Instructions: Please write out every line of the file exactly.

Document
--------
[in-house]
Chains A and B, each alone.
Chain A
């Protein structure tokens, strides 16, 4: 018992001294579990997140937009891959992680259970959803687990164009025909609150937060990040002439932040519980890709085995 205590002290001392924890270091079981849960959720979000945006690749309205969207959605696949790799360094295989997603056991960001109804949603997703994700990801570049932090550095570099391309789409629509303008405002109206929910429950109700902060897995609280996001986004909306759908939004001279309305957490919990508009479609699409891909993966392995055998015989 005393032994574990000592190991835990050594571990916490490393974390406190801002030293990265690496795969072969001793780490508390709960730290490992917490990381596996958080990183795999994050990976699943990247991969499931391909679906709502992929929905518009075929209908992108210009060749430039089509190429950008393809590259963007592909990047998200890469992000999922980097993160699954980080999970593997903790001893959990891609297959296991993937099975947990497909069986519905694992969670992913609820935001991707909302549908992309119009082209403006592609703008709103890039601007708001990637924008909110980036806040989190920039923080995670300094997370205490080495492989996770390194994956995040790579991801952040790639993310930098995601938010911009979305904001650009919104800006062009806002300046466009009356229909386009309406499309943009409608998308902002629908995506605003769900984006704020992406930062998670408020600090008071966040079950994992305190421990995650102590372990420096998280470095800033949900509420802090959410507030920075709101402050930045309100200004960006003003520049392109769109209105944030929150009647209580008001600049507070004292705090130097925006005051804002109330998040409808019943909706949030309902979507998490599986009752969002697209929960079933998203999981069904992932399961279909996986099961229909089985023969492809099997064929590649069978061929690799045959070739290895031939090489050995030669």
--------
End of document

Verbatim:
[in-house]
Chains A and B, each alone.
Chain A
């Protein structure tokens, strides 16, 4: 018992001294579990997140937009891959992680259970959803687990164009025909609150937060990040002439932040519980890709085995 205590002290001392924890270091079981849960959720979000945006690749309205969207959605696949790799360094295989997603056991960001109804949603997703994700990801570049932090550095570099391309789409629509303008405002109206929910429950109700902060897995609280996001986004909306759908939004001279309305957490919990508009479609699409891909993966392995055998015989 005393032994574990000592190991835990050594571990916490490393974390406190801002030293990265690496795969072969001793780490508390709960730290490992917490990381596996958080990183795999994050990976699943990247991969499931391909679906709502992929929905518009075929209908992108210009060749430039089509190429950008393809590259963007592909990047998200890469992000999922980097993160699954980080999970593997903790001893959990891609297959296991993937099975947990497909069986519905694992969670992913609820935001991707909302549908992309119009082209403006592609703008709103890039601007708001990637924008909110980036806040989190920039923080995670300094997370205490080495492989996770390194994956995040790579991801952040790639993310930098995601938010911009979305904001650009919104800006062009806002300046466009009356229909386009309406499309943009409608998308902002629908995506605003769900984006704020992406930062998670408020600090008071966040079950994992305190421990995650102590372990420096998280470095800033949900509420802090959410507030920075709101402050930045309100200004960006003003520049392109769109209105944030929150009647209580008001600049507070004292705090130097925006005051804002109330998040409808019943909706949030309902979507998490599986009752969002697209929960079933998203999981069904992932399961279909996986099961229909089985023969492809099997064929590649069978061929690799045959070739290895031939090489050995030669």